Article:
Faithful hockey fans provide Flames with personalized Bibles
September 17, 2020 | Lynchburg, Va.
Longtime Liberty University men's hockey fans Brian Lowman and his father, Ray Lowman, presented players and coaching staff of the Flames' ACHA Division I team with 32 leather-bound King James Version Bibles inscribed with their names on the covers during a special ceremony after practice on Thursday.
They made the donation in memory of Rick Lowman, the only member of their family to graduate from Liberty before dying of ataxia of the brain in 2007, the year after the LaHaye Ice Center opened on campus. After graduating with a 4.0 grade-point average with a degree in radio and television broadcasting, he served as the team's statistician from its inaugural season in 1985 until 1991.
"That was his nickname from the team, ‘Stats,'" said Brian Lowman, who does carpentry work part-time and builds and races late-model stock cars, such as the one he showcased in the LaHaye Ice Center as a promotion during the on-campus rink's first season in 2005-06. "Me and him were tight, the best of friends, and this brings back good memories of my brother and me. He was a hockey fan and he was their biggest fan and a team player so this was his request."
Rick tried out as a goalie for the Flames' very first team, but didn't make the cut as early stages of the disease affected him physically. His condition worsened over the final 15 years of his life.
Brian Lowman dons one of his souvenir jerseys during a game last year at the LaHaye Ice Center.
"Before he died, he couldn't talk, he couldn't hear, he had no control of his muscles at all," Ray Lowman said. "We brought him right to the end. No matter how sick he was, he wanted to come to the games."
Brian Lowman, who wrestled for one season for the Flames in the late 1970s along with his older brother, Kevin, regularly sat with Rick in the stands when he wasn't standing along the plexiglass beside his brother in a wheelchair.
"The last year, the 2006-07 season, his eyes were going bad to where he couldn't see so I had to explain everything to him, to commentate the game for him," Brian said. "They made Rick an honorary team member that year and when he passed away, the whole team came to his funeral. I was really impressed with a whole bunch of young guys who played hockey Friday night and showed up at 9 a.m. Saturday morning. That told me a lot about their hearts."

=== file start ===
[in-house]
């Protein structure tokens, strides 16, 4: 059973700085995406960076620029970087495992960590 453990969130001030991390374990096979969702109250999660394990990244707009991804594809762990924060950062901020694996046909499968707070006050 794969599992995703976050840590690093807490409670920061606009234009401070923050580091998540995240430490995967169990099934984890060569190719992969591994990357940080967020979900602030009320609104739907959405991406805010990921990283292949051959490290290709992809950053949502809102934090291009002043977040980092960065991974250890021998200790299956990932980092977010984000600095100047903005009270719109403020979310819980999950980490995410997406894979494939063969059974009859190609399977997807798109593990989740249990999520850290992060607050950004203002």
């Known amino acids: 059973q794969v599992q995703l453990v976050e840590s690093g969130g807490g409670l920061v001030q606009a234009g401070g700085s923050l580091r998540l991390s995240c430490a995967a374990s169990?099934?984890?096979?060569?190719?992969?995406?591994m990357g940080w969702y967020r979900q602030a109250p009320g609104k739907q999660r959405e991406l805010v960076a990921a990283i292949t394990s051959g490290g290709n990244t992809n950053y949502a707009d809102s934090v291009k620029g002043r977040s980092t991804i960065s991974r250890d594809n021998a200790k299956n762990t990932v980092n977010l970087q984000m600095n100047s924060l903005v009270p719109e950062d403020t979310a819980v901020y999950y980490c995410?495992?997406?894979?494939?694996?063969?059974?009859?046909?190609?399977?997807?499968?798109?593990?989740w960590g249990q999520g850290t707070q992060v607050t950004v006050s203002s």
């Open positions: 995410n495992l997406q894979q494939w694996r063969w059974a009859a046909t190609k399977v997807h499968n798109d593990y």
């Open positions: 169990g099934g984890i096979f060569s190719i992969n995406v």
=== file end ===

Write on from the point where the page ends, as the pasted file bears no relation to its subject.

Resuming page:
"They all showed up to pray for him the night before he died," added Ray, who retired last month after working for Liberty since 1977, first as the only full-time bus mechanic servicing a fleet of 87 school buses, and the last 15 years in Liberty's facilities management department.
"He gave a speech in the dressing room last year," Brian said of Ray. "He told them, ‘I'm 85 years old and I'm out here working. You boys can work hard, too.'"
Ray Lowman poses with former Flames forward Jordan Bochinski after addressing the team in the locker room last year.
To reciprocate the love and support the team has shown their family, the Lowmans wanted to inspire the current cast of Flames spiritually with personalized copies of the Bible.
"We thought this would be a good thing to do for the team," Brian said. "Anytime we can do something for Liberty Hockey, we try to. They all thanked us and were grateful that we did that for them and I'm glad. You can tell a person by their response and they really appreciated it."
In 2006, Brian Lowman encouraged Flames goalie Dalton Stoltz, who currently serves as campus pastor of Liberty Baptist Church in Chesapeake, Va., to write a Gospel tract that he published for the team to use as a witnessing tool.
"It takes hockey and the Bible and puts them together so they can understand you work as a team, just like you can in sharing the Gospel," Brian said.
The Lowmans hope Liberty's players take God's Word to heart and use it to grow in wisdom and knowledge so they can share the Good News wherever they go, along the road that leads to the ACHA Division I National Championships in Boston and into the mission field.
"I just told them to make sure they read them, and be strong for the Lord, too," Brian said. "I hope they remember the hockey, but also remember Who brought them through it. That's the most important thing. They can use hockey as a platform when they go out to witness for Christ."